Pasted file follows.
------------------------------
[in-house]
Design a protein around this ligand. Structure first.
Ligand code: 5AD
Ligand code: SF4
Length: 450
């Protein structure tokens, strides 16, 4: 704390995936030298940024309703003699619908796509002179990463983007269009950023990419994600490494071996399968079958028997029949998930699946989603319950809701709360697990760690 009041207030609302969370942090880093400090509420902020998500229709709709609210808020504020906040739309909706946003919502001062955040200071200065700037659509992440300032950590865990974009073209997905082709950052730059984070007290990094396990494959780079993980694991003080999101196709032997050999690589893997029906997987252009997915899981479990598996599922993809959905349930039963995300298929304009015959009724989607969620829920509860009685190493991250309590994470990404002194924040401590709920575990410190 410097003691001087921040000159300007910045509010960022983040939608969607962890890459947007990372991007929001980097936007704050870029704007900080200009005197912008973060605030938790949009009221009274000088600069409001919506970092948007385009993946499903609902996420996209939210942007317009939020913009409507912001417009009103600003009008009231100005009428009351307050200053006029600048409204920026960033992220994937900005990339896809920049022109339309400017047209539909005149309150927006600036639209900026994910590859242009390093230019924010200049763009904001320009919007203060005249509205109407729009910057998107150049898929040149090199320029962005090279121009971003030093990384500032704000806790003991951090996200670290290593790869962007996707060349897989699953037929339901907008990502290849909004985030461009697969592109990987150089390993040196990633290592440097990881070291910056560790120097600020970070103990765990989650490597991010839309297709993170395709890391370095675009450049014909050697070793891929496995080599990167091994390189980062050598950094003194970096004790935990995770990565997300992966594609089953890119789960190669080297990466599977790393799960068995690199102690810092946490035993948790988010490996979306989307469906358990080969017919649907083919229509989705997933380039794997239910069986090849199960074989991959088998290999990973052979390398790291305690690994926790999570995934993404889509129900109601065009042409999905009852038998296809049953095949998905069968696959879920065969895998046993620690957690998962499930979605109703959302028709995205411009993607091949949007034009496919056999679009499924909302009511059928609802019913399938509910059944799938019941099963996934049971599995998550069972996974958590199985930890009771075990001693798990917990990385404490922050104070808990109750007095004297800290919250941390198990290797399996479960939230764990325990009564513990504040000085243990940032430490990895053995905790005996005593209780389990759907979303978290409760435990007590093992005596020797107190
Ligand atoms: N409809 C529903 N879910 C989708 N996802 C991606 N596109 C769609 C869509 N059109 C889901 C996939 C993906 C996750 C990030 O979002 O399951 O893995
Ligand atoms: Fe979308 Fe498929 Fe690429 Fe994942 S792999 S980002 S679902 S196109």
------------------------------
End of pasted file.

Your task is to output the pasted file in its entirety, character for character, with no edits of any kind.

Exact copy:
[in-house]
Design a protein around this ligand. Structure first.
Ligand code: 5AD
Ligand code: SF4
Length: 450
């Protein structure tokens, strides 16, 4: 704390995936030298940024309703003699619908796509002179990463983007269009950023990419994600490494071996399968079958028997029949998930699946989603319950809701709360697990760690 009041207030609302969370942090880093400090509420902020998500229709709709609210808020504020906040739309909706946003919502001062955040200071200065700037659509992440300032950590865990974009073209997905082709950052730059984070007290990094396990494959780079993980694991003080999101196709032997050999690589893997029906997987252009997915899981479990598996599922993809959905349930039963995300298929304009015959009724989607969620829920509860009685190493991250309590994470990404002194924040401590709920575990410190 410097003691001087921040000159300007910045509010960022983040939608969607962890890459947007990372991007929001980097936007704050870029704007900080200009005197912008973060605030938790949009009221009274000088600069409001919506970092948007385009993946499903609902996420996209939210942007317009939020913009409507912001417009009103600003009008009231100005009428009351307050200053006029600048409204920026960033992220994937900005990339896809920049022109339309400017047209539909005149309150927006600036639209900026994910590859242009390093230019924010200049763009904001320009919007203060005249509205109407729009910057998107150049898929040149090199320029962005090279121009971003030093990384500032704000806790003991951090996200670290290593790869962007996707060349897989699953037929339901907008990502290849909004985030461009697969592109990987150089390993040196990633290592440097990881070291910056560790120097600020970070103990765990989650490597991010839309297709993170395709890391370095675009450049014909050697070793891929496995080599990167091994390189980062050598950094003194970096004790935990995770990565997300992966594609089953890119789960190669080297990466599977790393799960068995690199102690810092946490035993948790988010490996979306989307469906358990080969017919649907083919229509989705997933380039794997239910069986090849199960074989991959088998290999990973052979390398790291305690690994926790999570995934993404889509129900109601065009042409999905009852038998296809049953095949998905069968696959879920065969895998046993620690957690998962499930979605109703959302028709995205411009993607091949949007034009496919056999679009499924909302009511059928609802019913399938509910059944799938019941099963996934049971599995998550069972996974958590199985930890009771075990001693798990917990990385404490922050104070808990109750007095004297800290919250941390198990290797399996479960939230764990325990009564513990504040000085243990940032430490990895053995905790005996005593209780389990759907979303978290409760435990007590093992005596020797107190
Ligand atoms: N409809 C529903 N879910 C989708 N996802 C991606 N596109 C769609 C869509 N059109 C889901 C996939 C993906 C996750 C990030 O979002 O399951 O893995
Ligand atoms: Fe979308 Fe498929 Fe690429 Fe994942 S792999 S980002 S679902 S196109």